For UW Study Abroad Scholarships fill out a short questionnaire on your UW Study Abroad program application to be considered. You must apply by the priority application deadline for the program in order to be considered for a scholarship. Click the Overview tab to view application deadlines.
The study abroad application includes a personal statement, three short answer questions, one recommendation from a professor or TA, and electronic signature documents related to UW policies and expectations for study abroad. Following the online application process, you may be contacted by the program director for an in-person interview. Once an admission decision has been made regarding your application, you will be notified by the study abroad system via email.
To be eligible to study abroad, you must complete the mandatory pre-departure orientation facilitated by UW Study Abroad. Visit your study abroad homepage to complete this mandatory orientation. You must also attend any program-specific orientations offered by the program director.
UW Study Abroad Office also offers several optional orientations aimed at preparing you for your study abroad experience. You can visit the Orientation section of our website to view the current schedule and to register for any optional orientation sessions that pique your interest.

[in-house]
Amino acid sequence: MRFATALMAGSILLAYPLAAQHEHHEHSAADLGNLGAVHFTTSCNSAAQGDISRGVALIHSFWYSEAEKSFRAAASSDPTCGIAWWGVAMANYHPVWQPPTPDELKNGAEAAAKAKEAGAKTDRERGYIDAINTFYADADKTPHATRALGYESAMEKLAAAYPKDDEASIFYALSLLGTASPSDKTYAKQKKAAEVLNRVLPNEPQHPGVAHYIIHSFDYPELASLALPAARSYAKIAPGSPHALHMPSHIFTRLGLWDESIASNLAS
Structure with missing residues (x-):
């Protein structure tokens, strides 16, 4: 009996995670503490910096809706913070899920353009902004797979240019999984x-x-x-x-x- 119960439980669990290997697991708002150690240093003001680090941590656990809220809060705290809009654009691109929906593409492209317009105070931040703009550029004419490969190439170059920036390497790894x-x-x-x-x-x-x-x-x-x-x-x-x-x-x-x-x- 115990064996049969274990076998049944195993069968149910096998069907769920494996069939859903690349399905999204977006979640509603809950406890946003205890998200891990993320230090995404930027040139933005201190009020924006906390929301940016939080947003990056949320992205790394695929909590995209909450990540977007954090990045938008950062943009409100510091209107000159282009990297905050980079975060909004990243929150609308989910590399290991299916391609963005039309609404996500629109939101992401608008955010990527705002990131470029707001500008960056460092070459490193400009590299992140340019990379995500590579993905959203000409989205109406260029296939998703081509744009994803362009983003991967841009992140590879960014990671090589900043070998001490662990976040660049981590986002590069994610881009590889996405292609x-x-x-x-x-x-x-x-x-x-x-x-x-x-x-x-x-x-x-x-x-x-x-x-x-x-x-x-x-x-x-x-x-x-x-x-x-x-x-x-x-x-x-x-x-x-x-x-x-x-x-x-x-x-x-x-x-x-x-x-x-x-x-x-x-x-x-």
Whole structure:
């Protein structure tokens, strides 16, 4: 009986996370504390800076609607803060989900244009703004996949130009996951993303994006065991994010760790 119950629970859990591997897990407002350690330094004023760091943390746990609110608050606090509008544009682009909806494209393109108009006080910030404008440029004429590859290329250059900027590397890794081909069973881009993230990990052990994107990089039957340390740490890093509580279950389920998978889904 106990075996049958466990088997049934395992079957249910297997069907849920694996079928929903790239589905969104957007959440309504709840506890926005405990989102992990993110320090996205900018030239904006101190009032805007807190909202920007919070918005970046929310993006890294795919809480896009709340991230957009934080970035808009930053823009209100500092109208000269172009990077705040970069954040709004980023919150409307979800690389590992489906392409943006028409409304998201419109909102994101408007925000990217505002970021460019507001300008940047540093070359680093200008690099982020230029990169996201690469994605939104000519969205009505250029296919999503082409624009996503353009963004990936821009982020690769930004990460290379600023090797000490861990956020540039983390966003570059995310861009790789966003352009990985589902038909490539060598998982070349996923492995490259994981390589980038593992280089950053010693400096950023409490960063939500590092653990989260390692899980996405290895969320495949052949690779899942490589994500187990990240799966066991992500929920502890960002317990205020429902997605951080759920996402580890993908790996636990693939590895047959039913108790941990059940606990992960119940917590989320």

Orientation must be completed prior to the enrollment deadline for the quarter that you are studying abroad.
The University of Washington is committed to providing access and reasonable accommodation in its services, programs, activities, and education for individuals with disabilities. To request disability accommodation for this program, contact Disability Resources for Students at least 8 weeks in advance of your departure date. Contact info at disability.uw.edu.
The $700 UW Study Abroad Fee is non-refundable once the payment contract has been submitted. Students withdrawing from a program may also be responsible for paying a percentage of the program fee depending on the date of withdrawal. More details about the withdrawal policy are included in your payment contract. Note that no part of the program fee is refundable once the program has begun.
The date of withdrawal is considered the business day a withdrawal form is received by UW Study Abroad. Notice of withdrawal from the program must be made in writing by completing the following steps:
Provide notice in writing to the program director that you will no longer be participating in the program.
Submit a signed withdrawal form to UW Study Abroad.
Visit the Withdrawals section of our website for more information.